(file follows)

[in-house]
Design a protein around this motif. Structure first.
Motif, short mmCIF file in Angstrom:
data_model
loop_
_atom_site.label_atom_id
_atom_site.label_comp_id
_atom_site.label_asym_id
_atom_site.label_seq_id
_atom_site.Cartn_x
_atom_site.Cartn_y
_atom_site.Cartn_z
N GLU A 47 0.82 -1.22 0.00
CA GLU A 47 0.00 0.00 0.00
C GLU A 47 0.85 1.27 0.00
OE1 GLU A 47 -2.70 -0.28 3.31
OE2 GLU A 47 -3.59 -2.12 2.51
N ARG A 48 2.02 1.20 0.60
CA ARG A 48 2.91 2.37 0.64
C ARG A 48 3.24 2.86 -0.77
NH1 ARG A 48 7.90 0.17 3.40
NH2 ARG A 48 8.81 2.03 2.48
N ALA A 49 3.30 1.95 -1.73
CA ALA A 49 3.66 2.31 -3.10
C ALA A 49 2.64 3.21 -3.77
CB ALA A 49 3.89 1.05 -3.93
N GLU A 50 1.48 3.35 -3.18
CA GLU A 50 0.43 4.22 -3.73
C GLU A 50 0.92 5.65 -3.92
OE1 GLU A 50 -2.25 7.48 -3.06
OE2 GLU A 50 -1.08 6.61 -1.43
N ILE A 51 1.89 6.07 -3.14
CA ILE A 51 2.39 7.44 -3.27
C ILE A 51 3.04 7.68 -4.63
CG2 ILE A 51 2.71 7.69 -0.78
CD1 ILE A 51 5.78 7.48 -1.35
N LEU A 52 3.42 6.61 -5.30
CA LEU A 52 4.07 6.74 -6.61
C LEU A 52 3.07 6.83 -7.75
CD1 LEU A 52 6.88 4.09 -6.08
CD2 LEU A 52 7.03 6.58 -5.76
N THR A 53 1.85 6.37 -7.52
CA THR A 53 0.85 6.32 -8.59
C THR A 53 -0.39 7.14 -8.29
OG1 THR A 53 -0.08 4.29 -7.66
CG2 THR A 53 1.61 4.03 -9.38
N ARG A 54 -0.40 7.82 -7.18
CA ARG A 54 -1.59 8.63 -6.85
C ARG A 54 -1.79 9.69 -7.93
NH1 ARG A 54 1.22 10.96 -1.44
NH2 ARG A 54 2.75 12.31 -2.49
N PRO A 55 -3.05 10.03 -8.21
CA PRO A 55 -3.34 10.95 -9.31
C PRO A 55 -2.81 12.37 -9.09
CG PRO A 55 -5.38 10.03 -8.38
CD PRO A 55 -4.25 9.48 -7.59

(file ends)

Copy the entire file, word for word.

[in-house]
Design a protein around this motif. Structure first.
Motif, short mmCIF file in Angstrom:
data_model
loop_
_atom_site.label_atom_id
_atom_site.label_comp_id
_atom_site.label_asym_id
_atom_site.label_seq_id
_atom_site.Cartn_x
_atom_site.Cartn_y
_atom_site.Cartn_z
N GLU A 47 0.82 -1.22 0.00
CA GLU A 47 0.00 0.00 0.00
C GLU A 47 0.85 1.27 0.00
OE1 GLU A 47 -2.70 -0.28 3.31
OE2 GLU A 47 -3.59 -2.12 2.51
N ARG A 48 2.02 1.20 0.60
CA ARG A 48 2.91 2.37 0.64
C ARG A 48 3.24 2.86 -0.77
NH1 ARG A 48 7.90 0.17 3.40
NH2 ARG A 48 8.81 2.03 2.48
N ALA A 49 3.30 1.95 -1.73
CA ALA A 49 3.66 2.31 -3.10
C ALA A 49 2.64 3.21 -3.77
CB ALA A 49 3.89 1.05 -3.93
N GLU A 50 1.48 3.35 -3.18
CA GLU A 50 0.43 4.22 -3.73
C GLU A 50 0.92 5.65 -3.92
OE1 GLU A 50 -2.25 7.48 -3.06
OE2 GLU A 50 -1.08 6.61 -1.43
N ILE A 51 1.89 6.07 -3.14
CA ILE A 51 2.39 7.44 -3.27
C ILE A 51 3.04 7.68 -4.63
CG2 ILE A 51 2.71 7.69 -0.78
CD1 ILE A 51 5.78 7.48 -1.35
N LEU A 52 3.42 6.61 -5.30
CA LEU A 52 4.07 6.74 -6.61
C LEU A 52 3.07 6.83 -7.75
CD1 LEU A 52 6.88 4.09 -6.08
CD2 LEU A 52 7.03 6.58 -5.76
N THR A 53 1.85 6.37 -7.52
CA THR A 53 0.85 6.32 -8.59
C THR A 53 -0.39 7.14 -8.29
OG1 THR A 53 -0.08 4.29 -7.66
CG2 THR A 53 1.61 4.03 -9.38
N ARG A 54 -0.40 7.82 -7.18
CA ARG A 54 -1.59 8.63 -6.85
C ARG A 54 -1.79 9.69 -7.93
NH1 ARG A 54 1.22 10.96 -1.44
NH2 ARG A 54 2.75 12.31 -2.49
N PRO A 55 -3.05 10.03 -8.21
CA PRO A 55 -3.34 10.95 -9.31
C PRO A 55 -2.81 12.37 -9.09
CG PRO A 55 -5.38 10.03 -8.38
CD PRO A 55 -4.25 9.48 -7.59